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Medical Ways To Cut Hair Loss

Hair loss may be perceived as a man's problem, but millions of women suffer from the potentially embarrassing, and even emotionally devastating, condition.

However, experts say there are options for women suffering from the affliction.

The Early Show examines the issue of women and hair loss in a three-part series. In this second part, Dr. Robert Bernstein of Bernstein Medical - Center For Hair Restoration, outlines treatment options, which apply to both men and women. Depending on the cause of hair loss, doctors can prescribe medicine or recommend a hair transplant to women.

Medicines may help slow or prevent the development of common baldness. Effectiveness varies with the cause of the baldness. Generally, treatment is less effective for more extensive cases of hair loss. Medicine available to treat hair loss includes:

  • Minoxidil (brand name: Rogaine): Rogaine is available without a prescription. It is applied to the scalp, and both men and women can use it. It is a liquid to be rubbed into your scalp twice daily to re-grow hair and to prevent further loss. Some people experience some hair re-growth. Many more experience a slower rate of hair loss. New hair is often thinner and lighter in color than previous hair.
  • Cortisone (Cortone): Injections of cortisone into the scalp can be used to treat loss hair. Treatment is usually repeated monthly and generally involves only mild discomfort during injections. Cortisone pills are sometimes prescribed for extensive hair loss.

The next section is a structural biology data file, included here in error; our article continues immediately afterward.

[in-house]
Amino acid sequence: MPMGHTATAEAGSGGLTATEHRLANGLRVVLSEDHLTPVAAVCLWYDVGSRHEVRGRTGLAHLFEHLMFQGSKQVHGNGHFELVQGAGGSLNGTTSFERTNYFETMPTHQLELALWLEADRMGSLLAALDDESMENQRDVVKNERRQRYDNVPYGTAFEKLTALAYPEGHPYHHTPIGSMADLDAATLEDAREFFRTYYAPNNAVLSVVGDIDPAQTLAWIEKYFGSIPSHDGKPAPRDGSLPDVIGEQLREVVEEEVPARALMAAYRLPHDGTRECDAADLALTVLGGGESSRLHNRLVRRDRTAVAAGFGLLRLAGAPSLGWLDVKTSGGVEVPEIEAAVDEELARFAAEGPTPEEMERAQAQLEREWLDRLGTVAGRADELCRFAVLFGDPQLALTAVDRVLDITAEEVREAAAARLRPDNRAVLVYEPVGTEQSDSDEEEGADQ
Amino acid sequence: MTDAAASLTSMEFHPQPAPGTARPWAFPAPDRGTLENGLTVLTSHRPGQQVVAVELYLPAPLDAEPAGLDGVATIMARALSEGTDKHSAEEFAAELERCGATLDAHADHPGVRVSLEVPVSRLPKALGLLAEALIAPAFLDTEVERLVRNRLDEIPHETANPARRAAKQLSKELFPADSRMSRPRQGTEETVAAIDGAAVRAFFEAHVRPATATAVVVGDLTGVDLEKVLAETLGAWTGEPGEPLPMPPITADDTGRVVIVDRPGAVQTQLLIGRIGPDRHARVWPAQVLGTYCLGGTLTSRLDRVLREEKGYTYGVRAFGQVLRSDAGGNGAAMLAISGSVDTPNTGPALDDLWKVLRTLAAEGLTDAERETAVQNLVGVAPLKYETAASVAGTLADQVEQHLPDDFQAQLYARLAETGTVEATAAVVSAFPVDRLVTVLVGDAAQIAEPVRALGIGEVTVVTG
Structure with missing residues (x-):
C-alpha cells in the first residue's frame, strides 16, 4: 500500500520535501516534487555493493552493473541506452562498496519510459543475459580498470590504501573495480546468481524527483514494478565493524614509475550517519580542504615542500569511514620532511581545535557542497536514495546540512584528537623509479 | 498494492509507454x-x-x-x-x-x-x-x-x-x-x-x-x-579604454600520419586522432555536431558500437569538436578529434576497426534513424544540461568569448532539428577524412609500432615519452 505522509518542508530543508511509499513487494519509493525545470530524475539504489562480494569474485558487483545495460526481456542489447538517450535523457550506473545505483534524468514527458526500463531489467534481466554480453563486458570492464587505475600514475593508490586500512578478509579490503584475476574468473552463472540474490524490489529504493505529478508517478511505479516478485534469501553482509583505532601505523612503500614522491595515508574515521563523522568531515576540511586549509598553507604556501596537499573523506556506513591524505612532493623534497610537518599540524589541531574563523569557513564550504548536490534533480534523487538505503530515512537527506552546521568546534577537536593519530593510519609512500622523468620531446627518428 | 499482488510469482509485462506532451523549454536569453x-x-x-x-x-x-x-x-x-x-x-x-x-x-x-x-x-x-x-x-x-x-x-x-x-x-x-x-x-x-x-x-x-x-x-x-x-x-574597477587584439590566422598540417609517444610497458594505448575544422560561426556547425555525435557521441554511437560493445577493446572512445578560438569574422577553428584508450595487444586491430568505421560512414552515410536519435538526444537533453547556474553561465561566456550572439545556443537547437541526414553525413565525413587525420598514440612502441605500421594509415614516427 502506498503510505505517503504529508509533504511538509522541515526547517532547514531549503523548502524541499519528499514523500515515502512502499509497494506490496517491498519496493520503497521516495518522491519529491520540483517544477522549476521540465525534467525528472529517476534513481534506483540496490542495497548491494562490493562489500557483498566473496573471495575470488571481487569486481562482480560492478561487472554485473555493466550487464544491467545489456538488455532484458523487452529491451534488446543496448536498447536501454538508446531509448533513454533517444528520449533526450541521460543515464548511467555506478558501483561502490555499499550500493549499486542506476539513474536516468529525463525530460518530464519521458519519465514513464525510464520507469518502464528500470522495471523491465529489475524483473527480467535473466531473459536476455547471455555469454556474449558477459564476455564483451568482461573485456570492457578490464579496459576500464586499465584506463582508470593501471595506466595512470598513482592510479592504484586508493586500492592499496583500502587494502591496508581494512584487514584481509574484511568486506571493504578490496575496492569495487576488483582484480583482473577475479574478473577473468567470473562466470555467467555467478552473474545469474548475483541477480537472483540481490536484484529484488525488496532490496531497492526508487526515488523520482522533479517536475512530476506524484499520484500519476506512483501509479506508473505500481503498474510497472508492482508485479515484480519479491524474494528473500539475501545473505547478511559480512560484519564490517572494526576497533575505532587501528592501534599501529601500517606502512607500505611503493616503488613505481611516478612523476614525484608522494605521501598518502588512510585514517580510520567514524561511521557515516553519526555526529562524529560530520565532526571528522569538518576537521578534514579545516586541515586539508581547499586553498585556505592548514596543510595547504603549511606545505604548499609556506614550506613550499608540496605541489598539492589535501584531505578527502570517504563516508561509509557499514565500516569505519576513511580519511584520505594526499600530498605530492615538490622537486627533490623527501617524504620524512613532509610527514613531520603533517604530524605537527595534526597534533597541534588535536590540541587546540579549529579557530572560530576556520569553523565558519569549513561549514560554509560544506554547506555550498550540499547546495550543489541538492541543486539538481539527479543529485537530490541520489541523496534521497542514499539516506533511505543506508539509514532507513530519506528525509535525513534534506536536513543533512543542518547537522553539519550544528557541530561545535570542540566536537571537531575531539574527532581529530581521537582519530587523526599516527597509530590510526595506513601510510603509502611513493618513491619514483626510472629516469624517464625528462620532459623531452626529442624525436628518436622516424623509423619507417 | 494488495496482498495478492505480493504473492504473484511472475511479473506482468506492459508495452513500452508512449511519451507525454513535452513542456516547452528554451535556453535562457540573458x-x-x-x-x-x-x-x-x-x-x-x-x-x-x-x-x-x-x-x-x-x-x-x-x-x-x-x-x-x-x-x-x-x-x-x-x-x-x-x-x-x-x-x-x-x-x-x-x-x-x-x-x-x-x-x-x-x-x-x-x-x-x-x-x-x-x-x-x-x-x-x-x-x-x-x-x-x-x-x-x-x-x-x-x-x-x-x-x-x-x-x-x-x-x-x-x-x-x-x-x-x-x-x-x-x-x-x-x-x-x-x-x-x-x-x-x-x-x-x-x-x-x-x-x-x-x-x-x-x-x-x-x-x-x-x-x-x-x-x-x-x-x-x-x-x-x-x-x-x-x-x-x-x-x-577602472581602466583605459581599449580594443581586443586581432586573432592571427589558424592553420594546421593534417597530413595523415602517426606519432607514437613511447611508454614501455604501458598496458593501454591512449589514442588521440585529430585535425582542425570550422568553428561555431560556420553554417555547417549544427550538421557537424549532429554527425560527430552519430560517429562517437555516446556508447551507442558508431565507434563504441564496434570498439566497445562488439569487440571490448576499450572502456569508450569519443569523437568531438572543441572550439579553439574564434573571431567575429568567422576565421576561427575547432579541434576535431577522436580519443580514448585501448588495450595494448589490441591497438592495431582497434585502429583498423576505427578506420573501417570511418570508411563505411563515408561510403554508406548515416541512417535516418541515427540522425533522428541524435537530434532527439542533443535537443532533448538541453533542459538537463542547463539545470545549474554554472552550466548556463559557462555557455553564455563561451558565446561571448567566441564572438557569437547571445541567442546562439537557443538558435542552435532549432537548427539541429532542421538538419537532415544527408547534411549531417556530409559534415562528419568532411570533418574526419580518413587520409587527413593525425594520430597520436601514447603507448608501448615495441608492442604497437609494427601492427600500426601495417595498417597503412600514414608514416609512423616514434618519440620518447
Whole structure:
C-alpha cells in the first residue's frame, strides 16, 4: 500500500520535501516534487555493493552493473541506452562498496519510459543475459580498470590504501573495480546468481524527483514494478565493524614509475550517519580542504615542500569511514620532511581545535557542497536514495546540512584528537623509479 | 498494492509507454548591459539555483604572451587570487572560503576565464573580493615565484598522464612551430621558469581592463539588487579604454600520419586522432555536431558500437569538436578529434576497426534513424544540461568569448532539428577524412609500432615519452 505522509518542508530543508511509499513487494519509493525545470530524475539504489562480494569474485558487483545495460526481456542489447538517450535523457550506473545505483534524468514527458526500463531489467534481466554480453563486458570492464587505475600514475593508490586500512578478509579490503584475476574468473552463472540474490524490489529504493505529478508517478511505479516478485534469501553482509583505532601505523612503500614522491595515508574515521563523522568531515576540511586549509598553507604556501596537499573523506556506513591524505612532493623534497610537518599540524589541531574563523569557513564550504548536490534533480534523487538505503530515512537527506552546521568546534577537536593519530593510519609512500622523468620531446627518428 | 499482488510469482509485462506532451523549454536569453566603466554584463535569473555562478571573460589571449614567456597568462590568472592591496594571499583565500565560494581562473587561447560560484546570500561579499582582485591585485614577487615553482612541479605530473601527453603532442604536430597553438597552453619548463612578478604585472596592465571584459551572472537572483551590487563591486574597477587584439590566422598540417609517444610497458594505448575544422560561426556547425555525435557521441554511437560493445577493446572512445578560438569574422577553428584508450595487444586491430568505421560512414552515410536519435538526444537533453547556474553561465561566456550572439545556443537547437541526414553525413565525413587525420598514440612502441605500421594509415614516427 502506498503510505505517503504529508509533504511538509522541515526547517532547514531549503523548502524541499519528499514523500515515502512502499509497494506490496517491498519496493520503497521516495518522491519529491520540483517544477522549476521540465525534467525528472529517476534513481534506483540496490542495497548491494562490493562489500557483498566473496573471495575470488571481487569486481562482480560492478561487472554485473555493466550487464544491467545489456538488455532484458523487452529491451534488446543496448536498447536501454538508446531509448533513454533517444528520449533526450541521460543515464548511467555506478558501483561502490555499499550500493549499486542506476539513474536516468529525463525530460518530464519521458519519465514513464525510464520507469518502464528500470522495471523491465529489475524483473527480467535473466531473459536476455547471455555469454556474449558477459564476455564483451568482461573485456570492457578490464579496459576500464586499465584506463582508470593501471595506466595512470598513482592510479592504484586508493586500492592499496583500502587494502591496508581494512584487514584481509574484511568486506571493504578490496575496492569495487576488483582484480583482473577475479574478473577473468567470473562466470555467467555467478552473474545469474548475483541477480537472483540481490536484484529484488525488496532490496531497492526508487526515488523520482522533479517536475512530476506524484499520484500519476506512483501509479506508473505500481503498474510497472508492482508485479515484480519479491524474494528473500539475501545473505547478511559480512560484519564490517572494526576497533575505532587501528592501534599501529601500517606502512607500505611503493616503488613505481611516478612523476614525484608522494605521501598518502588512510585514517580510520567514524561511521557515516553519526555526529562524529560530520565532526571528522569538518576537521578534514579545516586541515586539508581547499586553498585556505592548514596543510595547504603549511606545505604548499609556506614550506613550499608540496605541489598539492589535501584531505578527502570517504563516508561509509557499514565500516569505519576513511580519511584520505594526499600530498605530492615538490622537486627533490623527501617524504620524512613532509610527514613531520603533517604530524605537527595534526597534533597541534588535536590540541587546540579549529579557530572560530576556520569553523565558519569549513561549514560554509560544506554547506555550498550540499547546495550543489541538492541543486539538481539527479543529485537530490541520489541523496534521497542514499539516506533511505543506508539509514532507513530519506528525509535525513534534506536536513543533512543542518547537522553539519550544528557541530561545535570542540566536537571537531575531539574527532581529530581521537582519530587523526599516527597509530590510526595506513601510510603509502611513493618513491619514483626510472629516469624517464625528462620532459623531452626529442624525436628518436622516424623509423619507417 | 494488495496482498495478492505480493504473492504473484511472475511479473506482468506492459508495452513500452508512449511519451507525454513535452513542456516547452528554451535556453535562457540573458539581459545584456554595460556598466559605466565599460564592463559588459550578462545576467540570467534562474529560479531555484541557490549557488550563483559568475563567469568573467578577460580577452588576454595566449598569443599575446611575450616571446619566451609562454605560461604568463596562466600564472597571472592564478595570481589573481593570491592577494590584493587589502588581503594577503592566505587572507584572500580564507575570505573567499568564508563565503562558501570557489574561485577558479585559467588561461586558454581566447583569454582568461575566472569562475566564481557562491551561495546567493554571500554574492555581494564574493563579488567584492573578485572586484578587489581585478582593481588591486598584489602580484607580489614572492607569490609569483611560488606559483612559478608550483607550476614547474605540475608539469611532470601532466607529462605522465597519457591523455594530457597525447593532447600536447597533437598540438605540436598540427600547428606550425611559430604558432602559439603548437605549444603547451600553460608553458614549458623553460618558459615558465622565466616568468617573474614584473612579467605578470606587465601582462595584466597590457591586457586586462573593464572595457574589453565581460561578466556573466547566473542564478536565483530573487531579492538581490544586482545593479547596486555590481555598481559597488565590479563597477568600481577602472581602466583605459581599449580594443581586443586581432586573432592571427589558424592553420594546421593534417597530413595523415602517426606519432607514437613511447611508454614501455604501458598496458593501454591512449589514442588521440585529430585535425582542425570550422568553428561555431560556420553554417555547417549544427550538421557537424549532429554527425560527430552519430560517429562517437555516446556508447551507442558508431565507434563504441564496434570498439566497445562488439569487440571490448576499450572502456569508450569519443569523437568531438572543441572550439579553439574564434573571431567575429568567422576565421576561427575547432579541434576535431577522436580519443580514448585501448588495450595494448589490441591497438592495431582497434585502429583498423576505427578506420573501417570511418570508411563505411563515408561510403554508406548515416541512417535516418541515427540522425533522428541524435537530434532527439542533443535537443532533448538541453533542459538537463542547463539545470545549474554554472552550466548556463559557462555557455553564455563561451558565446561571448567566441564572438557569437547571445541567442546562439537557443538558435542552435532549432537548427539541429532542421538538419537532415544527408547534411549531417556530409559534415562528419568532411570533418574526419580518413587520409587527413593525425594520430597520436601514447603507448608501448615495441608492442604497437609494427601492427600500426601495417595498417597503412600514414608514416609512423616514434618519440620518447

• Anthralin (Drithocreme, Micanol): This medication is available as either a cream or an ointment. Anthralin is a synthetic, tarry substance that you apply to the scalp and wash off daily. It's typically used to treat a chronic skin disease, but doctors can prescribe it to treat other conditions. Anthralin may stimulate new hair growth for mild cases of hair loss.

Hair transplants and scalp reduction surgeries are also available to treat hair loss. Surgical procedures to treat baldness are expensive and can be painful. Unfortunately, some people who undergo these procedures experience chronic head pain afterward. There's also a slight risk of infection.

Bernstein says if you're interested in these procedures, consider only board-certified dermatologists, plastic surgeons or cosmetic surgeons, and check local and state medical boards for a record of patient complaints before choosing a doctor.

The different surgical procedures for hair loss are:

  • Follicular Unit Transplantation: This is the hair transplant method widely used today. Hair is transplanted from the permanent zone in the back of the scalp into areas affected by genetic balding, using only the naturally occurring, individual follicular units.
  • Scalp reduction: As the name implies, this surgery decreases the area of bald skin on your head. Your scalp and the top part of your head may seem to have a snug fit. But the skin can become flexible and stretched enough for some of it to be surgically removed. After the hairless scalp is removed, the space is closed with hair-covered scalp. Doctors can also fold hair-bearing skin over an area of bald skin in a scalp-reduction technique called a flap. Scalp reduction can be combined with hair transplantation to fashion a natural looking hairline.

Be sure to watch part three of The Early Show's series on Wednesday that examines the non-medical options for hair replacement.